Monday, August 25, 2014

Weekly Column: The Top Three Issues: The Future of U.S. 1, Improving Local Schools, and Helping The Uninsured

The following is my column that will exclusively appear in the Mt. Vernon Gazette in the week of August 25, 2014.

The Top Three Issues: The Future of U.S. 1, Improving Local Schools, and Helping The Uninsured
There are many issues facing the communities between the Potomac River, Huntley Meadows Park, Fort Belvoir and the City of Alexandria.  The top three are U.S. 1, the future of our local schools, and a burgeoning uninsured population. 

First, our quality of life revolves U.S. 1.  The future of U.S 1 not only functions as the spine of our mobility, but it drives housing, retail choices, property values, schools, environmental quality, crime levels, and tax revenue.     

A year ago, Senator Puller and I secured $2 million to fund the U.S. 1 Multimodal Study and determine the optimal transit, road, pedestrian, cycling, and accompanying land configuration for the U.S. 1 Corridor.  That study will come to a conclusion in the next few months.

The study is effectively coming down to two choices.  One is a dedicated bus rapid transit (BRT) system from Huntington Metro to Fort Belvoir.  The second choice is a two-stop extension of the Yellow Line with a bus rapid transit system to Woodbridge – this two-pronged solution is being called the “Hybrid Option.”

Once the study issues a recommendation, the Fairfax County Board of Supervisors will need to take a vote to agree upon the Locally Preferred Option (“LPA”).  Once the LPA is set, additional planning can commence.  Achieving this will not only require the Board of Supervisors to agree upon making the redevelopment of U.S 1 a priority – it will require a consensus here in our community between residents, property owners, businesses, and other stakeholders.

The BRT option and Hybrid Option present two starkly different choices.  Due to the land use choices necessary to support it, the Hybrid Option will bring the maximum benefit to the area.   A two-stop Yellow Line extension will bring significant redevelopment to U.S. 1 from Huntington to Hybla Valley and beyond and is what our community needs.  Enhanced bus-only transit will not bring the significant redevelopment that will maximize quality of life in this area.

Second, the quality of our public schools also depends upon adequate funding.  Average Fairfax County teacher pay is $13,000 less than Washington, D.C., $10,000 under Arlington, $8,000 under Alexandria, and only $4,000 more than Prince William.  Fairfax County Public Schools (FCPS) is facing a $2 billion capital backlog.  There are trailers at nearly every school in our community. 

Last year, thirteen schools in Fairfax County failed accreditation – six were in the 44th District although we only have about 7% of the County’s population.  Universal preschool is the long-term key to solving this problem.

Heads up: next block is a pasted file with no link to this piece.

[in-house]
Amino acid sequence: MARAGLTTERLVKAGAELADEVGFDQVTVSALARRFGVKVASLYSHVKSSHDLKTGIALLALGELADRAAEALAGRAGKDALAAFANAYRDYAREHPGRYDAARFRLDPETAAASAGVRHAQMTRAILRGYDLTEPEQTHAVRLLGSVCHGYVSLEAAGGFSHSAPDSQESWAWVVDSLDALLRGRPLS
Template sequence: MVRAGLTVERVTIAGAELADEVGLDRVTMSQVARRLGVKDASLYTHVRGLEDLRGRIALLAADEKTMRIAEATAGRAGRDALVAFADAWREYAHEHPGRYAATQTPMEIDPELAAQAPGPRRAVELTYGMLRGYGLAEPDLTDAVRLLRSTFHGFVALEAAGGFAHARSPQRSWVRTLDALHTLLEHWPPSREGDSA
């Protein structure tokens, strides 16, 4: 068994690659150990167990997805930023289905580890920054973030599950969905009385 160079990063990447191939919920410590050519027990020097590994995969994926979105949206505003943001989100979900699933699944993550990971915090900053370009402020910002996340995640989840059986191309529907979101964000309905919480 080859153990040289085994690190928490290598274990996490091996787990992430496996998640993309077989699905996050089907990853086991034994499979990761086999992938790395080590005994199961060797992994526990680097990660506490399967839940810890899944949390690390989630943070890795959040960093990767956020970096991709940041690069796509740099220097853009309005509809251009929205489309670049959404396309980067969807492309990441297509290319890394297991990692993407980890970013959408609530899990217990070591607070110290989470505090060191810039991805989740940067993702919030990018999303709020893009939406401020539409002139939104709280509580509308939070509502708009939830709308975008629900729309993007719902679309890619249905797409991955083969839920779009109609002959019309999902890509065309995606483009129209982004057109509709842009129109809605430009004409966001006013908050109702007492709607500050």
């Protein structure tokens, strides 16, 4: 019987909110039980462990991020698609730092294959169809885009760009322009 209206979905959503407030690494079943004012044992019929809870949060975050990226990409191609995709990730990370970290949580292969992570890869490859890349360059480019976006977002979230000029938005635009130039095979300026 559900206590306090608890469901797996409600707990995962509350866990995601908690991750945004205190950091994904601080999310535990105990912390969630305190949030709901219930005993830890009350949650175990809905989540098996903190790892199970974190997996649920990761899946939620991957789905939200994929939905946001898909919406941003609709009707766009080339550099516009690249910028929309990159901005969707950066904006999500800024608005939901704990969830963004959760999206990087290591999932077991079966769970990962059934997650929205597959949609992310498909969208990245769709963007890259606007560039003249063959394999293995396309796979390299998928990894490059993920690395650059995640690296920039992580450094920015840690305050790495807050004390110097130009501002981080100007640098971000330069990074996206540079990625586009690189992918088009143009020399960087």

Additionally, five schools failed accreditation due to new computer-based science Standards of Learning (SOL) Tests.  Closing the Digital Divide is recognized as having significant short-term benefit and is urgently needed. 

Virginia’s other largest jurisdictions are already deploying computers to every child.  Henrico County has provided computers to every child since 2001.  This week, Chesterfield County issues their first 15,000 Chromebooks.  FCPS currently spends $13,472 to educate each child.  Computers for every child would cost about $50 million or only $265 per student. 
There is no question that state funding of secondary education in Fairfax County is lagging.  Thanks to the “Sequester,” Virginia’s economy continues to underperform the nation and state revenue is flat, and raging against funding formulas is a futile exercise without fundamental political change in Richmond, so in the medium-term, funding solutions will need to be local.  Supervisor Hyland has been a strong voice for local education funding for nearly three decades.  He will need all of our support.   

Finally, our growing uninsured population is a long-term unsolved problem.  Nearly 13,000 residents in the 44th District receive healthcare from Medicaid – this includes 9,300 children or 1 in 3 people under age 18 in this community.  Each of those 9,300 kids has a parent without health insurance.  The 22306 and 22309 zip codes lead Fairfax County in non-serious emergency room visits. 

Uninsured healthcare expenses drive up premiums for everyone, but no person should have to worry that an unexpected illness will mean they can’t pay their rent.  Closing the uninsured gap by expanding Medicaid or any other solution is a critical need in this community.
If you disagree with my analysis or priorities, always feel free to let me know at It is an honor to serve as your state delegate. 

1 comment:

  1. Agree with your assess of the two options and echo your support of the Hybrid option for US1. This is consistent with old metro plans for the US1 Yellow Line extension.